Is your dog timid or fearful? Fright in dogs can be caused by environmental, genetic or even medical issues. Thankfully, there are several ways to cut down your dog’s anxiety and build his confidence.
A word of caution — in dealing with fearful dogs, never compare your pet to braver, more outgoing dogs. Just because your friend’s dog is rough, tough and fearless doesn’t mean that he has the better pet. Every dog is unique, with different strengths and challenges, and letting your dog know that you love him just the way he is while helping him get over his fears can help him get more comfortable with himself.
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Dealing With Fearful Dogs
Banded Peak Veterinary Hospital in Alberta, Canada, offers a few tips to ease fearful tendencies your pet may exhibit:
- Don’t put your pet in situations that may intensify his fears. If he becomes nervous around other dogs, don’t take him to a park where there will be lots of canines. Find a play area for him where there are only a few other pets wandering about.
- Don’t push him to get over his fright. Let him explore and discover new things at his own pace. Become his “backup” companion as he investigates things that are new to him or things that may scare him. And always reward him when he approaches that great fear. Building up his ego will give him pride in coming face-to-face with things he feared while pleasing his family at the same time.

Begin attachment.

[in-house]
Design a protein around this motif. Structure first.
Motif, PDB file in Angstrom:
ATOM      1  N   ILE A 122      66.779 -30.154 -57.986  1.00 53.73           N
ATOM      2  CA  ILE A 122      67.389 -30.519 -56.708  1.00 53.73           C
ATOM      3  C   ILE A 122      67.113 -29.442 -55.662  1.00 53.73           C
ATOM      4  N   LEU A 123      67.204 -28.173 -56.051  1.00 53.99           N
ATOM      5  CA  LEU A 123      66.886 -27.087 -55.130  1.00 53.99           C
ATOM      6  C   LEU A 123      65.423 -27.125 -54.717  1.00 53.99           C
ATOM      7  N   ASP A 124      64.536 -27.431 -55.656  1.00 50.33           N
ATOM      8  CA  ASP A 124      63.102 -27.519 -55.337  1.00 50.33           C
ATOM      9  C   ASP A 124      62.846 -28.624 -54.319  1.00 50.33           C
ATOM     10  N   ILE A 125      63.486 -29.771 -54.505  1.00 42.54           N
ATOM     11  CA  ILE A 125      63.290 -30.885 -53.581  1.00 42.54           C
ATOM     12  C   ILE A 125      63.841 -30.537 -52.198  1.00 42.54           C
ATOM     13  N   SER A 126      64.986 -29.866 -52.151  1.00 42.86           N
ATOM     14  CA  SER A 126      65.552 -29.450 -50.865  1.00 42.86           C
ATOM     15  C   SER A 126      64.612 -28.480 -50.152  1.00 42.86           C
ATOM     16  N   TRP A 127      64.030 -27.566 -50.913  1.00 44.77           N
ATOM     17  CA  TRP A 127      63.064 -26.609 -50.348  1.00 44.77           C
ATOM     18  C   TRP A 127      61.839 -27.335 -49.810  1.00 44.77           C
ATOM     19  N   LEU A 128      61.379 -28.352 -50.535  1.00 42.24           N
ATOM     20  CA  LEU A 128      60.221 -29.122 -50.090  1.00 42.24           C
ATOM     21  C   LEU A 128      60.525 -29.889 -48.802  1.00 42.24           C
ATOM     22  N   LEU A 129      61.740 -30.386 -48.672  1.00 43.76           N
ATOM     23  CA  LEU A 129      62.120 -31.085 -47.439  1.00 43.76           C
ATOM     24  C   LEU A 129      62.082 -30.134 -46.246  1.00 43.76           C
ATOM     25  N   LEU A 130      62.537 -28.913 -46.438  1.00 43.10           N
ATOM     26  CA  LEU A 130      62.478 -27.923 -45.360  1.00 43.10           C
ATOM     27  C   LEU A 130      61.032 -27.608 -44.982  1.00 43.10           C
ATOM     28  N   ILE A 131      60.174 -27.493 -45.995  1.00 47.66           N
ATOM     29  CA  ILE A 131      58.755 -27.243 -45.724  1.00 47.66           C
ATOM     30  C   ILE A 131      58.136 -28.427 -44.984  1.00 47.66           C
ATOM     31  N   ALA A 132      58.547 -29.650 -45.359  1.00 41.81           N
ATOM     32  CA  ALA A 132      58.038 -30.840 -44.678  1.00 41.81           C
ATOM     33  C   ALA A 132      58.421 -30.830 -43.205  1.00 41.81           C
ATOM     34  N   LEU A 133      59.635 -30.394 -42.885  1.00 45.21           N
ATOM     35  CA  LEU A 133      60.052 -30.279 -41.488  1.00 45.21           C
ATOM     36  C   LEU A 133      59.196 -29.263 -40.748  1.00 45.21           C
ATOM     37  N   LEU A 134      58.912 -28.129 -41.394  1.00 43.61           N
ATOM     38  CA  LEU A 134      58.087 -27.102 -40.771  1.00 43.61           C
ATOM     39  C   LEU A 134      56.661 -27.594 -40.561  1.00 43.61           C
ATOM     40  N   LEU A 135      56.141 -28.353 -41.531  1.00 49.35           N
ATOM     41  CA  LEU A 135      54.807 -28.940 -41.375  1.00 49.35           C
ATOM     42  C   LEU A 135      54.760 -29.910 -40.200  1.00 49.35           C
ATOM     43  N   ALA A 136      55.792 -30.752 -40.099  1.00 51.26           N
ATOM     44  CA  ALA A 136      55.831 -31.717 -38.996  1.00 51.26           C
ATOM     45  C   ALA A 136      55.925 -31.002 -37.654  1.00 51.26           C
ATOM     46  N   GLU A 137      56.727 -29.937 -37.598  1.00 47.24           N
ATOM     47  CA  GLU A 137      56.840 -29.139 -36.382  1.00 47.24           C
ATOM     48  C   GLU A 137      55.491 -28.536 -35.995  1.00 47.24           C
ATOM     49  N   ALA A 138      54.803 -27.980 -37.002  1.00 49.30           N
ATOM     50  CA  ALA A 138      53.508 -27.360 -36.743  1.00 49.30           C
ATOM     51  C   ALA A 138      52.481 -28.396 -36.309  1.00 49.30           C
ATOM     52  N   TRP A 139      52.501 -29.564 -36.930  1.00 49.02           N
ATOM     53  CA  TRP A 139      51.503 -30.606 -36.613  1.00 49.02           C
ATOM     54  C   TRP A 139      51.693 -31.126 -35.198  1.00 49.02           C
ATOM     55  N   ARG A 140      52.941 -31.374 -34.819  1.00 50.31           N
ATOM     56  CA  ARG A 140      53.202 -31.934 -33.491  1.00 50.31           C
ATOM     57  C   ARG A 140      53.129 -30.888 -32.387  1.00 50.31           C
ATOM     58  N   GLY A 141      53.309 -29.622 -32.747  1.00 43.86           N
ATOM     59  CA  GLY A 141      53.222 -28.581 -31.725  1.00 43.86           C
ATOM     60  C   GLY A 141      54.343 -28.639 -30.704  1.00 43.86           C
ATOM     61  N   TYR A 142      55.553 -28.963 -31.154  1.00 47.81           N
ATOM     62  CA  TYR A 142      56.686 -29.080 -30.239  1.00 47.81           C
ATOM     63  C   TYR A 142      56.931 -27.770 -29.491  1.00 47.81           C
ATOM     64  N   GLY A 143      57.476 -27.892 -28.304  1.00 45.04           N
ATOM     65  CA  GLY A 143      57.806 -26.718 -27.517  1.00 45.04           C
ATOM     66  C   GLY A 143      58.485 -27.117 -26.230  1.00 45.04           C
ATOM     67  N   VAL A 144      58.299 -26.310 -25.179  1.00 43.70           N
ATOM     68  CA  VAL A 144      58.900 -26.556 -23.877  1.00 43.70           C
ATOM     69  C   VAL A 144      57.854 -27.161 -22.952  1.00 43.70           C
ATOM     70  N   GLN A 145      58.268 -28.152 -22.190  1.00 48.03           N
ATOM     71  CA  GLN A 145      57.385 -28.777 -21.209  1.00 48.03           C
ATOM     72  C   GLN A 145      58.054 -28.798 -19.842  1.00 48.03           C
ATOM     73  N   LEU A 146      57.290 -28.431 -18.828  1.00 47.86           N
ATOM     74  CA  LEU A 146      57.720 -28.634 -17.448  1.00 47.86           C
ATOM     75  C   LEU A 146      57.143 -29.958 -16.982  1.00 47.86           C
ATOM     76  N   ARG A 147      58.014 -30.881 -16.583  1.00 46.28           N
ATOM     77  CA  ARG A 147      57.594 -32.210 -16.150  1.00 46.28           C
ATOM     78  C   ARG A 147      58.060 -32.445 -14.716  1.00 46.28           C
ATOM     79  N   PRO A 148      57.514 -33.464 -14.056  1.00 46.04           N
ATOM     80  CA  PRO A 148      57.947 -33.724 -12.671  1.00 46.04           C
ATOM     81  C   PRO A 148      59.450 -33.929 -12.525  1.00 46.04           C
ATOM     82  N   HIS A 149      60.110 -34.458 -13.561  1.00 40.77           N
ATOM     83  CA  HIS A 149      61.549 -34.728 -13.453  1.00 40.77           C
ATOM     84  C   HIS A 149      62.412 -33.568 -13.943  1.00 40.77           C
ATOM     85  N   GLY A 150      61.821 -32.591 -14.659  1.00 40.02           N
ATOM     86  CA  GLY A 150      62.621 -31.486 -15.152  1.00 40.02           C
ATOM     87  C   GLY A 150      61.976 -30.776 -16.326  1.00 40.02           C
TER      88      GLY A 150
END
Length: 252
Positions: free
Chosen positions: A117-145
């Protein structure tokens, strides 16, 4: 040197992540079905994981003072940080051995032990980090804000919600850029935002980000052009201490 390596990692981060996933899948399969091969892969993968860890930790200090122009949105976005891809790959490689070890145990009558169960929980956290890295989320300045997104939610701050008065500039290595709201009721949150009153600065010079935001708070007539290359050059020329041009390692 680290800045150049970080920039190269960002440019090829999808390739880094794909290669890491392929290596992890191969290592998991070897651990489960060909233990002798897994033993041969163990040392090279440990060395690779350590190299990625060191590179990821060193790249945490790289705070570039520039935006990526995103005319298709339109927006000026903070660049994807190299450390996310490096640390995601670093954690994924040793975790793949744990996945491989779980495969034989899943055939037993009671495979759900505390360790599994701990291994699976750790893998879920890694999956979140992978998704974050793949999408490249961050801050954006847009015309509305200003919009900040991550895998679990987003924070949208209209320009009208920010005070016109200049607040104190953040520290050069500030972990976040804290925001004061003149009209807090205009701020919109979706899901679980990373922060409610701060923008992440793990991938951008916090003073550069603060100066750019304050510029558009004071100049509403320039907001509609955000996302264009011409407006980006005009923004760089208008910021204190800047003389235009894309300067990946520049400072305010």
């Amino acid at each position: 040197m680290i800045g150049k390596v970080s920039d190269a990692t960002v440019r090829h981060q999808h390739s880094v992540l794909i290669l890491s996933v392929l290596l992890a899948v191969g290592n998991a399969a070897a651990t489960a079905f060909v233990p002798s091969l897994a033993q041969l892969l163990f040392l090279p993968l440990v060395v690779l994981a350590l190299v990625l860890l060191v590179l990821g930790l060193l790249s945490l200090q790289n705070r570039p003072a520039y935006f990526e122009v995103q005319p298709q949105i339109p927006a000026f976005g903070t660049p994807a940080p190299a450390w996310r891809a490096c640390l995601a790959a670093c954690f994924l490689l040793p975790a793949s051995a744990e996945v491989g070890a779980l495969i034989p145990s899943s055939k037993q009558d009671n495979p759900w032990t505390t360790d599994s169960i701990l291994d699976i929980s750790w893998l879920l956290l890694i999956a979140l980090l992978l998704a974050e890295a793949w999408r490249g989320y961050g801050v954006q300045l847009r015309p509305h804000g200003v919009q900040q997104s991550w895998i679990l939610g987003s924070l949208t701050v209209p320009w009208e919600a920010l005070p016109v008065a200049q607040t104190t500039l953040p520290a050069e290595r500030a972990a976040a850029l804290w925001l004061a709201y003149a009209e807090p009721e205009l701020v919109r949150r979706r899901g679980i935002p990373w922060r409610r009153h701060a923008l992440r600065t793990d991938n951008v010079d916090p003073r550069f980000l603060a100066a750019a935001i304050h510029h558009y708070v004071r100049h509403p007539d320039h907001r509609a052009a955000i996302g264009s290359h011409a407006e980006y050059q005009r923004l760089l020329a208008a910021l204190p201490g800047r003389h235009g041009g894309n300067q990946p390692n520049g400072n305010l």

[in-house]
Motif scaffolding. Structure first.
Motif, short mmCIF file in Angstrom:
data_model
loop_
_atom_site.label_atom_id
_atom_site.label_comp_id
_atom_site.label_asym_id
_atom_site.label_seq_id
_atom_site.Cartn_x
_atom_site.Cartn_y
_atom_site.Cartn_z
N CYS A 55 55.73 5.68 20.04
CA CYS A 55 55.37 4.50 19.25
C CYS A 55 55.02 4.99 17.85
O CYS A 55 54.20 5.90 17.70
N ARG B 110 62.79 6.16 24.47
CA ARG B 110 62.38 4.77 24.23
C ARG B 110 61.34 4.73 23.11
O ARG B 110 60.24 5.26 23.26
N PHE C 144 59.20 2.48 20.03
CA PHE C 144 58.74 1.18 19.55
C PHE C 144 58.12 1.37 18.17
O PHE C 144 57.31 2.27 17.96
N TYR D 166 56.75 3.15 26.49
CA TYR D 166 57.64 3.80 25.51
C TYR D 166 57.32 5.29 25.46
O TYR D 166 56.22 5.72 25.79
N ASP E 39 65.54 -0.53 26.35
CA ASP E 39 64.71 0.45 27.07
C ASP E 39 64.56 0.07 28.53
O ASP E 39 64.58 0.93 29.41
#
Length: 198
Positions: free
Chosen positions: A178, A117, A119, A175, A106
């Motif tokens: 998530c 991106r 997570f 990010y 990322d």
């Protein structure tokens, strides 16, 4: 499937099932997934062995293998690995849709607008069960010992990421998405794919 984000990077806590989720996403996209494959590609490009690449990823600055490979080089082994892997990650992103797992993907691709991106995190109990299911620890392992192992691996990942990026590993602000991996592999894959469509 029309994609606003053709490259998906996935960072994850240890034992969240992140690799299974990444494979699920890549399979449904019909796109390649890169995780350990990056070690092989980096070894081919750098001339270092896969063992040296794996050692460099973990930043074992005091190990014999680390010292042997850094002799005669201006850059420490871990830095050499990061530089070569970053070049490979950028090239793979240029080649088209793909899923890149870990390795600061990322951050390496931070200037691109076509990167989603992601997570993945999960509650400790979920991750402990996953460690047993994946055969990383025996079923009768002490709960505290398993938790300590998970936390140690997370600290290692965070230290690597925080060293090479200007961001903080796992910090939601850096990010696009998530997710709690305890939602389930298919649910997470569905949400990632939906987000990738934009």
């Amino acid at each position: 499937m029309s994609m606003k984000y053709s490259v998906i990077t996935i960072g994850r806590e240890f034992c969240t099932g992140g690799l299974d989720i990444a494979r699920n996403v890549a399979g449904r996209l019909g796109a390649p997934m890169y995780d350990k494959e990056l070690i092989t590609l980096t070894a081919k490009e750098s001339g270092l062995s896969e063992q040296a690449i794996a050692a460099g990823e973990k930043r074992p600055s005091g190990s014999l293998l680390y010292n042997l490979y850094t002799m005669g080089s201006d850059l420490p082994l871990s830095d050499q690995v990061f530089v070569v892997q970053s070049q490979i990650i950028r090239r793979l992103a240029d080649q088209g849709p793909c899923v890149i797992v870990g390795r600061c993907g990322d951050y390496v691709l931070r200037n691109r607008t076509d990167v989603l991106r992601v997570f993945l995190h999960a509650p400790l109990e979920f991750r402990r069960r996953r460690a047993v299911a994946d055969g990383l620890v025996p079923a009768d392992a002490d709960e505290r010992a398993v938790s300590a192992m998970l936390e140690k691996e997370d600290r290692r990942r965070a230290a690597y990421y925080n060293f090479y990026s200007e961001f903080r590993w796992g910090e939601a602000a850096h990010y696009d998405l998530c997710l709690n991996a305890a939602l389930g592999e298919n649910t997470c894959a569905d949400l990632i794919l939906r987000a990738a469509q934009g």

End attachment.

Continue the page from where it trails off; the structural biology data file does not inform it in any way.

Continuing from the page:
- Whenever your dog is on a leash, with you by his side, keep the leash short enough that your dog can explore without your having to reel him away from a scary object.
- Build your pet’s confidence through communication. Teaching him to obey commands such as “roll over,” “drop it” or “come” — and rewarding him when he obeys a command — will go a long way in boosting his self-esteem. Using commands like these, even when he is in a fearful situation, may distract his thoughts from what he is scared of. Reward him for his obedience. A warm smile from you may be just the reward he needs to feel proud. (Of course, treats will also be welcomed.)
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Get Your Dog a Canine Buddy
Another way to help your dog get more comfortable with himself is by getting him a friend. “Dog Whisperer” Cesar Millan says there are a few situations where walking with another dog may help your own dog get over his fears. If you know anyone who has friendly pets, consider asking for a playdate for the pups.
Watch this helpful video for more tips on reducing your dog’s anxiety:
If at any time your pet shows aggressive fearfulness, contact a veterinary behavior specialist. This specialist can provide you with advice on behavioral changes as well as any needed medications to help your dog get a grip on his fear and anxiety.